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I read a topic at here Mike said that "Always use [self class] when invoking your own class methods". But I don't understand why. Can you give an example ?

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I'm not sure if your question stems from a lack of clarity about what a class method is, i.e. those methods whose implementations start with a + and are used for the class, not a particular instance of an object of that class as opposed to instance methods (those whose implementations start with -) that we see more frequently, or whether you have a question about use use of [self class] construct. –  Rob Jun 24 '13 at 0:27
I mean about why use [[self class] method] instead of [className method] –  DungLe Jun 24 '13 at 0:42
Ah. It's useful in case your object has been subclassed and you might want to use the subclass rendition of the method, so you enjoy the full behavior of the subclass, i.e. use the version of the method from the subclass. –  Rob Jun 24 '13 at 0:44

2 Answers 2

Lets say that you have class foo, which have the following methods:

+(NSString*) bar{ return @"bar"; }

-(NSString*) barMethod{ return [[self class] bar]; }

Now lets say that you have a class foo2 which inherits from foo. If you override

+(NSString*) bar { return @"bar2" }

the method barMethod will return bar2, as you probably intended for it to.

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[foo barMethod] and [foo2 barMethod] is OK, too ? Which problem ? –  DungLe Jun 24 '13 at 0:30
@DungLe My answer is just a concrete example of this answer with a few more details. This answer is very much correct, just a bit brief. Liye deserves the magic internet karma points more than I, but a comment was too short to plop down concrete code. –  bbum Jun 24 '13 at 0:49
A real-world example is the layerClass method of UIView. –  rob mayoff Jun 24 '13 at 2:55
@DungLe: The code [[self class] bar] is in the barMethod method of the class foo. However, if you call barMethod on an object of class foo2, it will return @"bar2". If you had hardcoded some class inside barMethod, that would not be possible. –  newacct Jun 25 '13 at 21:35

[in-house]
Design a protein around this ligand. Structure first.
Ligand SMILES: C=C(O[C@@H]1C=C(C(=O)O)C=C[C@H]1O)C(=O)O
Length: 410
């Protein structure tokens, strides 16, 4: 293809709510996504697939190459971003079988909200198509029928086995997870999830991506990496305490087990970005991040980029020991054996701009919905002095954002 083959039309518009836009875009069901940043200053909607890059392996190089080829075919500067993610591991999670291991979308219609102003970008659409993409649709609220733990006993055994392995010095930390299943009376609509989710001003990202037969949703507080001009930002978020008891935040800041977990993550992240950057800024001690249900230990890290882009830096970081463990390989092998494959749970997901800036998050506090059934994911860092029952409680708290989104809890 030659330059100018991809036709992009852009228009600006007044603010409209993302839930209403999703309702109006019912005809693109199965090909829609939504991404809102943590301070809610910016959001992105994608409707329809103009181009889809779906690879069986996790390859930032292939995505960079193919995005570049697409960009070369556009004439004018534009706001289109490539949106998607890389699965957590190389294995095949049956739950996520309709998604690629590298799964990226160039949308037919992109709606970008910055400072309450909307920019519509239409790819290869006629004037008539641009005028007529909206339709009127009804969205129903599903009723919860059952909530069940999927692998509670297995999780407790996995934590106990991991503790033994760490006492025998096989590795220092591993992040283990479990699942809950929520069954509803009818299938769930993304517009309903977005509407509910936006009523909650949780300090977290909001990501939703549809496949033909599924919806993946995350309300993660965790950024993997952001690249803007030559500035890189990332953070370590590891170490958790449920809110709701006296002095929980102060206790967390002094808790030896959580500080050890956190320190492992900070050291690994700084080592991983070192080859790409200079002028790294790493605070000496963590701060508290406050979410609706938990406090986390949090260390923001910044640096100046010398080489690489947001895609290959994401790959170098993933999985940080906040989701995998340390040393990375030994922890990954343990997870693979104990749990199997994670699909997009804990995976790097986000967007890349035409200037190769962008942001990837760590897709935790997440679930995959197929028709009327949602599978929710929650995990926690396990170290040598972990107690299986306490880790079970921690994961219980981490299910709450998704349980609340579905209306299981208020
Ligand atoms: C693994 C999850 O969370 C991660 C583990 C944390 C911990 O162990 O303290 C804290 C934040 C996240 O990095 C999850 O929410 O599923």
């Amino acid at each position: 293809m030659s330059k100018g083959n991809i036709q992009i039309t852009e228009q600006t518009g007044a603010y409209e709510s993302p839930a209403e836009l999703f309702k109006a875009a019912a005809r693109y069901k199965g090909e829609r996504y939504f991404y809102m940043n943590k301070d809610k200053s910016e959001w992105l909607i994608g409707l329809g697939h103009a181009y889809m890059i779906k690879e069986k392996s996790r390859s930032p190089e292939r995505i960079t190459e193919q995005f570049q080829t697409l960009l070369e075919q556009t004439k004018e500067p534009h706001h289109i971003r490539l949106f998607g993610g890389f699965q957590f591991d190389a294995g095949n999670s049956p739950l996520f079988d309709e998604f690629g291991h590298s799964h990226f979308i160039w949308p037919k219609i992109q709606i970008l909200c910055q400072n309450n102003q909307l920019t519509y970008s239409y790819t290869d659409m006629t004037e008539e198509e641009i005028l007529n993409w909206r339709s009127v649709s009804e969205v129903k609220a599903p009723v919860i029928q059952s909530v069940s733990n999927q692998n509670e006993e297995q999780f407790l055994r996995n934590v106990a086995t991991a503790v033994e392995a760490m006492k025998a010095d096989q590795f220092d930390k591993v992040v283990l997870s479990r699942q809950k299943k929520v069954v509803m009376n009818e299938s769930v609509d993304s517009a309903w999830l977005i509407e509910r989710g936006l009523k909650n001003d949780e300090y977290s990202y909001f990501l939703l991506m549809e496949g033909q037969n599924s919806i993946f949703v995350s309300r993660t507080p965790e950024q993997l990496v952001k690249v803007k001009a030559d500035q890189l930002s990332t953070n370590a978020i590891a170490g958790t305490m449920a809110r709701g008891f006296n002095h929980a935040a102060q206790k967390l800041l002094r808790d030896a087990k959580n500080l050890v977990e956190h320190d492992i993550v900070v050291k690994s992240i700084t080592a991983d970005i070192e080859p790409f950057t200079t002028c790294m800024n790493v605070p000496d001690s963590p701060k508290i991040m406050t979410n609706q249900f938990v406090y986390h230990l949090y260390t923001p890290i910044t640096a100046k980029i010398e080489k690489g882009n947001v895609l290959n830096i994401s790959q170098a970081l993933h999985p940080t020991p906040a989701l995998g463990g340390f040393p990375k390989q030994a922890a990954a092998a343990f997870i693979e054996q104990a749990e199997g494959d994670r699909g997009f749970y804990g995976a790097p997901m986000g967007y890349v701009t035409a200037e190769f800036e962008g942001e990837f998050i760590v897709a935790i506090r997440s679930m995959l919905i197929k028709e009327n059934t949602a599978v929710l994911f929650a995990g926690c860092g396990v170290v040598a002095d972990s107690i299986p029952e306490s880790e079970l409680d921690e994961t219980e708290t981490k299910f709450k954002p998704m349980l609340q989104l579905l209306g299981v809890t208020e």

Unlike other OO languages, class methods in Objective-C are both inherited and can be overridden.

Thus, if you have:

@immplementation Abstract // : NSObject
- (void) doSomethingClassy
    [Abstract classyThing];

+ (void) classyThing
    ... some classy code ...;

@interface Concrete : Abstract
@implementation Concrete
+ (void) classyThing
    ... some classy code ...;
    [super classThing];

Then this won't call Concrete's +classyThing from Abstract's implementation of doSomethingClassy:

[[[Concrete alloc] init] doSomethingClassy];

Whereas if you modify doSomethingClassy to do [[self class] classyThing]; it'll work as expected.

(note that this is a concrete example of Liye Zhang's answer -- feel free to mark his correct as he was first, just not with quite as concrete of an example)

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The results appear to be the same (from some test I've just run) whether you do [[self class] someClassMethod] or [self someClassMethod]. So I don't see the point to using [self class] over just self to call a class method. –  rmaddy Jun 24 '13 at 1:23
@rmaddy Inside a class method, it doesn't matter whether you say self or [self class], since +[NSObject class] is defined as return self. In an instance method, you must say [self class]. –  rob mayoff Jun 24 '13 at 2:53
@robmayoff Thanks. I get that. But it is still unclear why you would choose [[self class] someClassMethod] over [self someClassMethod] in a class method. Is the only reason in case you change the class method making the call into an instance method? –  rmaddy Jun 24 '13 at 2:55
Where did you see an example of [[self class] someClassMethod] in a class method? –  rob mayoff Jun 24 '13 at 3:14
@robmayoff Ugh! Reading comprehension failure. Reading the OP's question and the blog left me thinking just about class methods. I glossed right over the fact that this was dealing with calling a class method from an instance method. I'll leave you alone now. Thanks. :) –  rmaddy Jun 24 '13 at 4:53

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